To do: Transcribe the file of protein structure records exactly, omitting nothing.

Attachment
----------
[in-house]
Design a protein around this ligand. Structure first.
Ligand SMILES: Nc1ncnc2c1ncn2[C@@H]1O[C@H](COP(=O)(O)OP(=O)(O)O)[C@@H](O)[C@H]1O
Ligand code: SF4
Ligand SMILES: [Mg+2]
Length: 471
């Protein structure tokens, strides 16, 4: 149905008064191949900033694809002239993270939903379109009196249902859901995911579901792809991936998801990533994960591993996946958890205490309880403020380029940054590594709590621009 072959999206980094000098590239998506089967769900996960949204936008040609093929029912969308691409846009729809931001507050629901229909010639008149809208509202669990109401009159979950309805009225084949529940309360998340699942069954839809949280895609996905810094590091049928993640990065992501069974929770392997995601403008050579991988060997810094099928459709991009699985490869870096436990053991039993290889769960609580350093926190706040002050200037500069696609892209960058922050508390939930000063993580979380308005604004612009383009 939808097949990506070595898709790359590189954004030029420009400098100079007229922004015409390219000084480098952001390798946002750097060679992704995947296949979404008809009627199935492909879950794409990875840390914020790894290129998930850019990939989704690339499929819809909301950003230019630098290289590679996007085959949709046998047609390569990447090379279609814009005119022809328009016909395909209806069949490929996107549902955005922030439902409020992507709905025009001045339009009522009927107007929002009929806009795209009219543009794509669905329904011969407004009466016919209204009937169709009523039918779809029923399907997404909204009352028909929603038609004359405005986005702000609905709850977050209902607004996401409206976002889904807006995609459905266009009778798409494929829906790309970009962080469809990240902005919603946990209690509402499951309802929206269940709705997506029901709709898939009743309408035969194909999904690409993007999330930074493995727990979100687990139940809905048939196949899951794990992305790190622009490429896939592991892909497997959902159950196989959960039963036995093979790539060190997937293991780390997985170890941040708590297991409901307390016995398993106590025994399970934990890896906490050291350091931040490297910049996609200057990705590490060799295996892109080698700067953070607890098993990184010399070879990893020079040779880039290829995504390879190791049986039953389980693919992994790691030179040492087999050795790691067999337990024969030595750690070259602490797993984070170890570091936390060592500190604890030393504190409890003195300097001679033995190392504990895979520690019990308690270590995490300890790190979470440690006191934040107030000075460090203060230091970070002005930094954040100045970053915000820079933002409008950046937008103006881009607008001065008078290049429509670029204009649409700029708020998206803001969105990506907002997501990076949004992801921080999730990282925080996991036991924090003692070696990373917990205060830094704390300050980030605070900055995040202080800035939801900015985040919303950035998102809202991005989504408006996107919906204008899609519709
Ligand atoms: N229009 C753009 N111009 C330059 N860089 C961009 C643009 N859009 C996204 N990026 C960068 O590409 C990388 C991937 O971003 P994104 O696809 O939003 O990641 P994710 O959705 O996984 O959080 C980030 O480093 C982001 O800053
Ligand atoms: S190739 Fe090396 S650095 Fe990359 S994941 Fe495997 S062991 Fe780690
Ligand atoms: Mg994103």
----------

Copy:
[in-house]
Design a protein around this ligand. Structure first.
Ligand SMILES: Nc1ncnc2c1ncn2[C@@H]1O[C@H](COP(=O)(O)OP(=O)(O)O)[C@@H](O)[C@H]1O
Ligand code: SF4
Ligand SMILES: [Mg+2]
Length: 471
């Protein structure tokens, strides 16, 4: 149905008064191949900033694809002239993270939903379109009196249902859901995911579901792809991936998801990533994960591993996946958890205490309880403020380029940054590594709590621009 072959999206980094000098590239998506089967769900996960949204936008040609093929029912969308691409846009729809931001507050629901229909010639008149809208509202669990109401009159979950309805009225084949529940309360998340699942069954839809949280895609996905810094590091049928993640990065992501069974929770392997995601403008050579991988060997810094099928459709991009699985490869870096436990053991039993290889769960609580350093926190706040002050200037500069696609892209960058922050508390939930000063993580979380308005604004612009383009 939808097949990506070595898709790359590189954004030029420009400098100079007229922004015409390219000084480098952001390798946002750097060679992704995947296949979404008809009627199935492909879950794409990875840390914020790894290129998930850019990939989704690339499929819809909301950003230019630098290289590679996007085959949709046998047609390569990447090379279609814009005119022809328009016909395909209806069949490929996107549902955005922030439902409020992507709905025009001045339009009522009927107007929002009929806009795209009219543009794509669905329904011969407004009466016919209204009937169709009523039918779809029923399907997404909204009352028909929603038609004359405005986005702000609905709850977050209902607004996401409206976002889904807006995609459905266009009778798409494929829906790309970009962080469809990240902005919603946990209690509402499951309802929206269940709705997506029901709709898939009743309408035969194909999904690409993007999330930074493995727990979100687990139940809905048939196949899951794990992305790190622009490429896939592991892909497997959902159950196989959960039963036995093979790539060190997937293991780390997985170890941040708590297991409901307390016995398993106590025994399970934990890896906490050291350091931040490297910049996609200057990705590490060799295996892109080698700067953070607890098993990184010399070879990893020079040779880039290829995504390879190791049986039953389980693919992994790691030179040492087999050795790691067999337990024969030595750690070259602490797993984070170890570091936390060592500190604890030393504190409890003195300097001679033995190392504990895979520690019990308690270590995490300890790190979470440690006191934040107030000075460090203060230091970070002005930094954040100045970053915000820079933002409008950046937008103006881009607008001065008078290049429509670029204009649409700029708020998206803001969105990506907002997501990076949004992801921080999730990282925080996991036991924090003692070696990373917990205060830094704390300050980030605070900055995040202080800035939801900015985040919303950035998102809202991005989504408006996107919906204008899609519709
Ligand atoms: N229009 C753009 N111009 C330059 N860089 C961009 C643009 N859009 C996204 N990026 C960068 O590409 C990388 C991937 O971003 P994104 O696809 O939003 O990641 P994710 O959705 O996984 O959080 C980030 O480093 C982001 O800053
Ligand atoms: S190739 Fe090396 S650095 Fe990359 S994941 Fe495997 S062991 Fe780690
Ligand atoms: Mg994103």